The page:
There is no way Apple could bin a flagship feature after one year so they were forced to double down for the XR/S/SMax

      Presumably there will be a iPhone7/8 replacement next year at the £550 mark - whether it has face id will depend on 2 factors .

      1. Whether the cost of the FaceID sensors can be scaled down to that price point.

      2. Whether Marketing decide that fingerprints are for the plebs and face id for the 10% who can afford an X model.

      Knowing Apple Im erring about 60/40 on the side of an 8 replacement with FaceID and fingerprints being consigned to the Reality distortion field of history (no fingerprints around here - nosirree). Although with most Mac laptops now coming with fingerprint scanners I could be wrong.

      1. Aladdin Sane Silver badge
        Coat

        Re: Face-ID

        Can't beat a discrete finger.

        1. Locky Silver badge

          Re: Face-ID

          As Keanu foretold in The Matrix

          How about I give you the finger, and you give me my phone call

      2. big_D Silver badge

        Re: Face-ID

        @Gordon10 on the other hand, the Lumia had the same type of sensor in a sub 700€ package, cheaper than iPhones with fingerprint sensors at the time.

        And Apple could have easily moved the fingerprint sensor to the back of the case, where it fits nices to the index finger as you pick up the phone...

      3. DougS Silver badge

        Cost of Face ID sensors

        Was only a problem during the initial ramp up of the iPhone X last year, due to low yields. Once those problems were solved, it became a non-issue - which is why Apple was able to offer it on the cheaper iPhone XR. The big cost difference between the XS and XR is the OLED display with 3D touch layer.

        They'll likely keep selling the XR next year for $100 less than today, just like they are selling the iPhone 8/8S now for $100 less than they were a year ago.

        1. Dave 126 Silver badge

          Re: Cost of Face ID sensors

          The iPhone XS panel is made by Samsung to Apple's spec, driven by a driver of Apple's own design. DisplayMate rate it a smidge higher than Samsung's panels on its own Note 9, but they're all in the 'so close to perfect colour accuracy you can't tell the difference' territory.

          1. DougS Silver badge

            Re: Cost of Face ID sensors

            Yes I wasn't implying Apple makes it, but that it costs them a lot more than an LCD, and that and the lack of the 3D Touch layer accounts for 90% of the cost difference between the XS & XR. The only other difference that matters cost wise is a single camera versus dual camera.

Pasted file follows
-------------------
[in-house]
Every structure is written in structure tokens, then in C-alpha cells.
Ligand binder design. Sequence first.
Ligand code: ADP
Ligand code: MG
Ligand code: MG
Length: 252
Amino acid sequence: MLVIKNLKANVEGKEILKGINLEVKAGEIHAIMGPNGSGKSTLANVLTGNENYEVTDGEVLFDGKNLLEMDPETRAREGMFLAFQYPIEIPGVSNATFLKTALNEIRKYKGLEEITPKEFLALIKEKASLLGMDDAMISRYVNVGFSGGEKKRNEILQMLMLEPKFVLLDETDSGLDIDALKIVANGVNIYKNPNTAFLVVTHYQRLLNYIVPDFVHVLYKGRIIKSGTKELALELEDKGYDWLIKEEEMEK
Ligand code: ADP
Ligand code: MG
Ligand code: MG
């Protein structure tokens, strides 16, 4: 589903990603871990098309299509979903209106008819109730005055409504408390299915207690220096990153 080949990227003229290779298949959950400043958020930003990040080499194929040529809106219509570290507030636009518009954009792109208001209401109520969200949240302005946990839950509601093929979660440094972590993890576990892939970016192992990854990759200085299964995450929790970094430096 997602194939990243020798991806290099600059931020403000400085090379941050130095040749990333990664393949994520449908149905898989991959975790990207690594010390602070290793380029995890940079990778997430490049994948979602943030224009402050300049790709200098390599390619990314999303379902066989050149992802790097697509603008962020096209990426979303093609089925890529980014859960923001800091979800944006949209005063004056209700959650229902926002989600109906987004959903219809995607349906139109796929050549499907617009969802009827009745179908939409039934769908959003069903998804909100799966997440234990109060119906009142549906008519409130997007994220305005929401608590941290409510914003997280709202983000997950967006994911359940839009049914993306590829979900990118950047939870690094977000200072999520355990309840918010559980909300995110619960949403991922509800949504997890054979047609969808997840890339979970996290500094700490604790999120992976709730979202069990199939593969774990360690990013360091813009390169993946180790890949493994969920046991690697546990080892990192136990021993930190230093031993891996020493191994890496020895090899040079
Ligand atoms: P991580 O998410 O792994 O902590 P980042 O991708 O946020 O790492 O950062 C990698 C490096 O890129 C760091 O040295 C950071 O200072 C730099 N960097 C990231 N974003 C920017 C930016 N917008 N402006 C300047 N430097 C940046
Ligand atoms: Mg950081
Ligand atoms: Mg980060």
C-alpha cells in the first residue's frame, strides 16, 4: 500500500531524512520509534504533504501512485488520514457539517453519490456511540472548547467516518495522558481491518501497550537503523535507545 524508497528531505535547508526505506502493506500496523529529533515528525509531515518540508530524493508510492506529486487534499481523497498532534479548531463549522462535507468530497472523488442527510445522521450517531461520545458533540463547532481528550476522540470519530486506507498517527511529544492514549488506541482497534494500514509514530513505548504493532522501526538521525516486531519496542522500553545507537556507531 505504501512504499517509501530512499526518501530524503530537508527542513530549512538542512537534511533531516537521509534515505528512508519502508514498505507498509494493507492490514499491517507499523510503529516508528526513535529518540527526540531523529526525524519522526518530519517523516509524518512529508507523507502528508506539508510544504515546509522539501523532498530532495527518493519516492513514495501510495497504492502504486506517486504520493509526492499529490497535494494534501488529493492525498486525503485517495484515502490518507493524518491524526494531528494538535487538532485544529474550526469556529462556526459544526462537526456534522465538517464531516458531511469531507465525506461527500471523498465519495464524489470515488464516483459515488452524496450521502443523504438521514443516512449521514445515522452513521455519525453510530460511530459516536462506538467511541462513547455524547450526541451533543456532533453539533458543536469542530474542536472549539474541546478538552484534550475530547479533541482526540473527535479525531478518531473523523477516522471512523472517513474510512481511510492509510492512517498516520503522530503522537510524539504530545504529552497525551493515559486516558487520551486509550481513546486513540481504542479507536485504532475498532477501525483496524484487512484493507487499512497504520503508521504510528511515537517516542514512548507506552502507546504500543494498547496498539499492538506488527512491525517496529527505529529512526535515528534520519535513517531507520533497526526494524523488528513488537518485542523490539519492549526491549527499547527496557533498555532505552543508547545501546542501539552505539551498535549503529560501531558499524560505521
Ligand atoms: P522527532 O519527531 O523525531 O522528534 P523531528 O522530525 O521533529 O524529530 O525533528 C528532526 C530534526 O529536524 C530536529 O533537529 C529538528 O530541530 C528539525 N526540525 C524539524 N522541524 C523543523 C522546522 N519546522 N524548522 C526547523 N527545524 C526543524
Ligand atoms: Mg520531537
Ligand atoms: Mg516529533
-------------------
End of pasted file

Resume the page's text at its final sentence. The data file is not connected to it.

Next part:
8. Inventor of the Marmite Laser Silver badge

    It may be a £899 phone

    But with a £2.99 UI plus bloatware and nagware as described then just: no thanks.

    1. matjaggard

      Re: It may be a £899 phone

      Downvoted, I'm sure many people would pay more than £2.99 not to use that UI

    2. Anonymous Coward
      Anonymous Coward

      Re: It may be a £899 phone

      I made a comment further up. First day of use and I haven't seen any nagware, everything just got turned off in the settings without a fuss. Maybe further use will reveal it, I don't know?

      Also the ui is fine so far, some nice customisations and nothing like launchers of yore. I thing the sub-heading is a bit brutal or maybe the software has changed since the review, but so far it's the best phone I've used by far.

      1. Andrew Orlowski (Written by Reg staff)

        Re: It may be a £899 phone

        "First day of use and I haven't seen any nagware, everything just got turned off in the settings without a fuss."

        I have to review what's in front of me, anon.

        HiTouch is turned off in Settings and should stay off. Instead, it requests permissions to start every time the phone detects a two finger gesture. Which is quite often. Arguably, this is coercion under GDPR and the process is not fully GDPR compliant.

        1. Anonymous Coward
          Anonymous Coward

          Re: It may be a £899 phone

          Could well be a bug that has been fixed, I've tried touching two fingers, three fingers on web in apps etc and not had anything pop up?

          I've so far (day 2) seen far less nag, intrusion or bloat than my wife's Xperia 5 compact.

  9. Voyna i Mor Silver badge

    China and IP

    I am no fan of the Chinese government and am unlikely to buy a Huawei, but can we get this clear?

    China is officially run by the Communist Party.

    A core tenet of communism is that all inventions and discoveries belong to the People.

    Despite knowing this, since the 1990s more and more US companies (and UK ones) have shifted manufacturing to China in an effort to reduce costs and make more money.

    The result is obvious.

    I don't imagine anyone from the Chinese government approached Apple and ordered them to have iPhones made by Foxconn or Pegatron. They did it to increase margins and build up an enormous cash pile.

    The rise of Huawei, BBK and Xiaomi is entirely the result of unrestricted Western capitalism. I forget which Communist observed that capitalism would hand the communist world the tools to defeat it, but he was right. Even if China is emerging from communism...it just doesn't need to acquire Western IP any more.

    1. Anonymous Coward
      Anonymous Coward

      Re: China and IP

      >The result is obvious.

      The detail is interesting, in 1980 Shenzhen had a population of 30,000 farmers - now it has 20 million skilled and semi-skilled workers, Macau now has the fourth highest per-capita GDP, China is the USA's biggest creditor etc.

      >I forget which Communist observed that capitalism would hand the communist world the tools to defeat it

      That's not really the aim, they may not talk about it but they know Mao's vision starved 50 or 60 million. China is just slowly moving to social capitalism from the other direction. The upside of totalitarianism is the ability to enact and deliver plans (as with Shenzhen and other SEZ) which take a generation to bear fruit.

  10. iron Silver badge

    Sounds interesting but without a headphone jack or SD card forget it.